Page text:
Home Featured How Antisemitism Gets ‘Kosherized’: A French Rabbi on Rising Hate in Her Country
How Antisemitism Gets ‘Kosherized’: A French Rabbi on Rising Hate in Her Country

How Antisemitism Gets ‘Kosherized’: A French Rabbi on Rising Hate in Her Country

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The reaction from her community lifted her. Her temple became, overnight, “super-crowded.” She doubts anyone became “more faithful.” The war brought a renewed “commitment to our culture,” to being Jewish. “When I see parents drop their children in synagogues,” she adds, noting the risks that carries now, “I’m so impressed they decided to give their children a Jewish education when they are identified as a target.”

Of the calls she has gotten from her congregants since Oct. 7, many are from mixed couples in distress. Jewish spouses say their non-Jewish partners don’t get the trauma they’re going through and sometimes dismiss it as “a kind of Jewish hysteria.” From the non-Jewish spouse, she hears some version of, “When we got married, he or she wasn’t that Jewish.” That identity, “that Jewish marker has become so central,” Horvilleur adds. “They had no idea that Jewish history was so present in their beloved’s life. There is a deep consciousness of fragility.”

At every bad turn for French Jews the last three decades — from the 1990 desecration of Carpentras cemetery to the sharp uptick in antisemitic violence since Oct. 7 — the French state has mobilized to protect Jews. Military vehicles have been a common sight outside synagogues for over a decade. Prominent politicians join the marches in their support.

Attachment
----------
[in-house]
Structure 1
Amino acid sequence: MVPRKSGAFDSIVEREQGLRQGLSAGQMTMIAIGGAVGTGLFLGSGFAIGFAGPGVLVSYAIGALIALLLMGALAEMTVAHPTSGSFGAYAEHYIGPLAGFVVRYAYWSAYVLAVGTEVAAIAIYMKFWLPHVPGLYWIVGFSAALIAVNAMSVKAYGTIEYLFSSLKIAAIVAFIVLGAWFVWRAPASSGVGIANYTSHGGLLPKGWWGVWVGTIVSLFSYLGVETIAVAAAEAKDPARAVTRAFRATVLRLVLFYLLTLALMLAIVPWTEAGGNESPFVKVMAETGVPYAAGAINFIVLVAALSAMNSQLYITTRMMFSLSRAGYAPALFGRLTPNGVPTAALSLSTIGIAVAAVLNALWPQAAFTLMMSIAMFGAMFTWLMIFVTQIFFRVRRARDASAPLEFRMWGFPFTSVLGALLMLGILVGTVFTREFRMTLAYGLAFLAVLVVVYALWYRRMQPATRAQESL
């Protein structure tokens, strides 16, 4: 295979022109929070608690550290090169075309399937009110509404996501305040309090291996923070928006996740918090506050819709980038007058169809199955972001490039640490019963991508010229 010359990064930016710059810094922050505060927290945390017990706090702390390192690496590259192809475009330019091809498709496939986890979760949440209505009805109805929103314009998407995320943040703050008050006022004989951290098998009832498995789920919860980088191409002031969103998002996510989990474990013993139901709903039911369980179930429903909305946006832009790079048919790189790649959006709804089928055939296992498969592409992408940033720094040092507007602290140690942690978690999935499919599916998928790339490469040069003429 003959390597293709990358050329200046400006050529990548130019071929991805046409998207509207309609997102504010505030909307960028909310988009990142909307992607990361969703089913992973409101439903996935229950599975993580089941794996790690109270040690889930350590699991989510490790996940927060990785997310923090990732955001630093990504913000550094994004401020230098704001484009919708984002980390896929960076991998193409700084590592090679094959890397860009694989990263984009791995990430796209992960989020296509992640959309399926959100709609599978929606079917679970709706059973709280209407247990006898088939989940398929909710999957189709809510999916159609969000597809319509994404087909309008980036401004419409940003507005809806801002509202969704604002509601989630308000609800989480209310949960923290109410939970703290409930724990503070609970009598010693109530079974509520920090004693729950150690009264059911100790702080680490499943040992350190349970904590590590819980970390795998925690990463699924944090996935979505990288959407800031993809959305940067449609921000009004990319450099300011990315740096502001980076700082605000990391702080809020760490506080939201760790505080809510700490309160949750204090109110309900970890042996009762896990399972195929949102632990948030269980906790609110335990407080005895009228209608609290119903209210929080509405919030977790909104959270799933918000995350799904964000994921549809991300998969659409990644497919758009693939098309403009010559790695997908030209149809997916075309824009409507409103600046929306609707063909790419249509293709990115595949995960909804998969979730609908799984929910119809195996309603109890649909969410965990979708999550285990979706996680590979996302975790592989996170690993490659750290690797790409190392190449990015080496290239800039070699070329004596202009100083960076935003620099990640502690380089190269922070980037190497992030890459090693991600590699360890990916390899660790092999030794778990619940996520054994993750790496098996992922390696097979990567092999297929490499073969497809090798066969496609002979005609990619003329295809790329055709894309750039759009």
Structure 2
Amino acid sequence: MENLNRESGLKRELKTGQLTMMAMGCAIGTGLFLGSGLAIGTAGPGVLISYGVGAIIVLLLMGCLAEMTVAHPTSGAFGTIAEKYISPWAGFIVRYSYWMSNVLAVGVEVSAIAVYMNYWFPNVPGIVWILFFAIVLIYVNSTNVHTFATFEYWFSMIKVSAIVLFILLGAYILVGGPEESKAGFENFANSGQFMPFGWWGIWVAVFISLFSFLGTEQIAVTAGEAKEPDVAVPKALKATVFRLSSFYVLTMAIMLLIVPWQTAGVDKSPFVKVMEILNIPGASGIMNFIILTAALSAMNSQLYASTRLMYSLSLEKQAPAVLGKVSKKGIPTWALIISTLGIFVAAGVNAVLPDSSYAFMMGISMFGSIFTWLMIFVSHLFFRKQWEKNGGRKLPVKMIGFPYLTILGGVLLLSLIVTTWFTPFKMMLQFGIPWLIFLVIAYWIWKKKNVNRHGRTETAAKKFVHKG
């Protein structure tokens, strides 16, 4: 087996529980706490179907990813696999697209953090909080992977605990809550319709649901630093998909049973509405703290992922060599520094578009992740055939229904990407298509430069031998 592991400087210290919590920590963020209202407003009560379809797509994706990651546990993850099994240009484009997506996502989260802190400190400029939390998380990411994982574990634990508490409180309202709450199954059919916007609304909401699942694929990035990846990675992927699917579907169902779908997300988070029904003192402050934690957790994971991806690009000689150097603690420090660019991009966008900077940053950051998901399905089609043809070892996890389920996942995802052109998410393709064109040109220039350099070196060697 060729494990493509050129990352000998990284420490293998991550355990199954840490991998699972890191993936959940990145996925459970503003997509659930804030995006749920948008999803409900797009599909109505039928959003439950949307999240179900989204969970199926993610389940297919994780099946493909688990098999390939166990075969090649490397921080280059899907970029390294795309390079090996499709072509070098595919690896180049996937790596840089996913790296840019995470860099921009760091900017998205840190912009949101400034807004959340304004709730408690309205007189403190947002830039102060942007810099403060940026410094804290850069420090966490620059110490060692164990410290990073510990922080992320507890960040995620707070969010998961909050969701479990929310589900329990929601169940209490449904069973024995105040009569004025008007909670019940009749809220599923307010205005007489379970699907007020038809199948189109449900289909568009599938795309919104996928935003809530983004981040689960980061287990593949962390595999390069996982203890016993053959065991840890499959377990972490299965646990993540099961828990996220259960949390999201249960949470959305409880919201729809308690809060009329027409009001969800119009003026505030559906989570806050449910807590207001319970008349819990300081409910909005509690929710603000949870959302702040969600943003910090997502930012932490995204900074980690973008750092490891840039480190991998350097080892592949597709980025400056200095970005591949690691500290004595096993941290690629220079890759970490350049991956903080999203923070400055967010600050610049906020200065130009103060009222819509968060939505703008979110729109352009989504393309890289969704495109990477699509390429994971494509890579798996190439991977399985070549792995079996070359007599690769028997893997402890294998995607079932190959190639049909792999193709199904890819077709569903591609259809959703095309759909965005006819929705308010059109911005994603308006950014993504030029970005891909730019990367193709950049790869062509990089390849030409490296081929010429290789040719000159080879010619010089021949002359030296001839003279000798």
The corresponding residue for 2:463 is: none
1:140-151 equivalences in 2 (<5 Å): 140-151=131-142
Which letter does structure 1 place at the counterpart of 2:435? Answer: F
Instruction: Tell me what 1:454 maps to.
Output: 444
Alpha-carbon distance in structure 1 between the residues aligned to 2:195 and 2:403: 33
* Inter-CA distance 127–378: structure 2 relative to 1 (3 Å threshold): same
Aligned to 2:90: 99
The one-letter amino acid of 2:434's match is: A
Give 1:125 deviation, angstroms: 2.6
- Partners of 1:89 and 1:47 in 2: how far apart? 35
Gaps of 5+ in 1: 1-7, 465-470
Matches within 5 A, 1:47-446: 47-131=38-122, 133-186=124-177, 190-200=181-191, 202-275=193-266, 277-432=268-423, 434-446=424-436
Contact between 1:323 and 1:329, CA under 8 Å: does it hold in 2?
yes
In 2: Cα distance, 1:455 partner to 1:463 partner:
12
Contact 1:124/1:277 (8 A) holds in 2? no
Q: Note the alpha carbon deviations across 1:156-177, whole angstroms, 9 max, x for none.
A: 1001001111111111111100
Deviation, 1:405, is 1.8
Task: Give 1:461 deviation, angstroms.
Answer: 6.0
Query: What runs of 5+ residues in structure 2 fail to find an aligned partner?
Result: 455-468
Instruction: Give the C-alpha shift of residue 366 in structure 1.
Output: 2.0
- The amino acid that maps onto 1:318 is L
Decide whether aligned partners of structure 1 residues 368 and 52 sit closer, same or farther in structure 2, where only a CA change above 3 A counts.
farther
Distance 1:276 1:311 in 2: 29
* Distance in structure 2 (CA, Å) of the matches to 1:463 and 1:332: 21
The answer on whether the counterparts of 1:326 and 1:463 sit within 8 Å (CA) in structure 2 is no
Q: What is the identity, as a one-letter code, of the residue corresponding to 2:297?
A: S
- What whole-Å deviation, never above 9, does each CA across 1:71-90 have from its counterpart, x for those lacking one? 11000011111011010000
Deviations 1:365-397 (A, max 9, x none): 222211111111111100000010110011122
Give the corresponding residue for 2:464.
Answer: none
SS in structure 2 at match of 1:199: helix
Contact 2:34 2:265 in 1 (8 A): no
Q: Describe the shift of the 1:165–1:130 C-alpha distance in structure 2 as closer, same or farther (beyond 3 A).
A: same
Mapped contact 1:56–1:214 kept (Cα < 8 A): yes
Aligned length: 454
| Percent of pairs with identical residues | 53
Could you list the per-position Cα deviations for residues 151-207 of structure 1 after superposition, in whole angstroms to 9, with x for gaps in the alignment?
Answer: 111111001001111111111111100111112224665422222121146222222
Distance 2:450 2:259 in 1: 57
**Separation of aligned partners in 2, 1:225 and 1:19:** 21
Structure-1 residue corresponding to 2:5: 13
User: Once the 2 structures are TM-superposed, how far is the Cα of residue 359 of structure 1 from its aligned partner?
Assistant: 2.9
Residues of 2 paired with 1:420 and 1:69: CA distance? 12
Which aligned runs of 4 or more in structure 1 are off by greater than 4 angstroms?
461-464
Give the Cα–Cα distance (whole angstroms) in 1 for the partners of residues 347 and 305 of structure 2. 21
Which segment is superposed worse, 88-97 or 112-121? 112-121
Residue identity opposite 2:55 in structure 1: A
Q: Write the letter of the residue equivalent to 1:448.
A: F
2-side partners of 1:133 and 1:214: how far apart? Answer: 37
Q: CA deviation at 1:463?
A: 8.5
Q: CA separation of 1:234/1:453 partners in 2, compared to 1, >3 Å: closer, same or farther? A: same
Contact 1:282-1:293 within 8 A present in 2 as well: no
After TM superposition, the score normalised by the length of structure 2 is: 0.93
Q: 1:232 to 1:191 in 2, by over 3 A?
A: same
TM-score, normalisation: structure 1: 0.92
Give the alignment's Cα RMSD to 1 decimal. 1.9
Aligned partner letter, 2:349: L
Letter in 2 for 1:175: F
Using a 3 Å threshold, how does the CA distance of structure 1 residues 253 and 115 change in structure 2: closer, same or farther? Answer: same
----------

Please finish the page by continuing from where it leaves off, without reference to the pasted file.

“I know that the French Republic will save me in theory,” Horvilleur says. “In practice I’m not completely sure.”

By that, she points to conflicting voices in her head. One pushes her to continue to seek allies among the French who, 80 years ago, joined the resistance against the Nazis. The other warns her of the collaborationists in her midst. “Your neighbor,” she says all French Jews know, “could be your killer.”

The harder turn in her rhetoric and views — not that she would necessarily describe it with those words — gives her pause. The universalist is battling the passions of this moment. Think about those “yes, but” arguments we hear. “Yes the Oct. 7 attacks were horrible, but … .” “Yes the Gaza war is awful, but … .”

Horvilleur says with dismay, that she too catches herself doing it. “And I stop. I refuse to be in the ‘yes, but’ talking. I believe in the political power of language. As a rabbi, as a writer … . Right now I can’t find the right words. I take much longer before I am able to express myself. I try to bring forth the humanity for people who suffer.”

Speaking on Friday, before the last Shabbat dinner of 2023, Horvilleur tells me that around her table will be a Catholic priest and two friends from Lebanon. She says she didn’t plan some “interreligious and intercultural” dinner on purpose, but that reflects a conflicting desire.

“I intuitively feel the need to strengthen those alliances,” she says. “To go against the phenomenon that’s going on inside me, of going back to the Ghetto and locking myself with Jews. Even more than before, I decided not to surrender to it. But whoa, it requires a true effort!”

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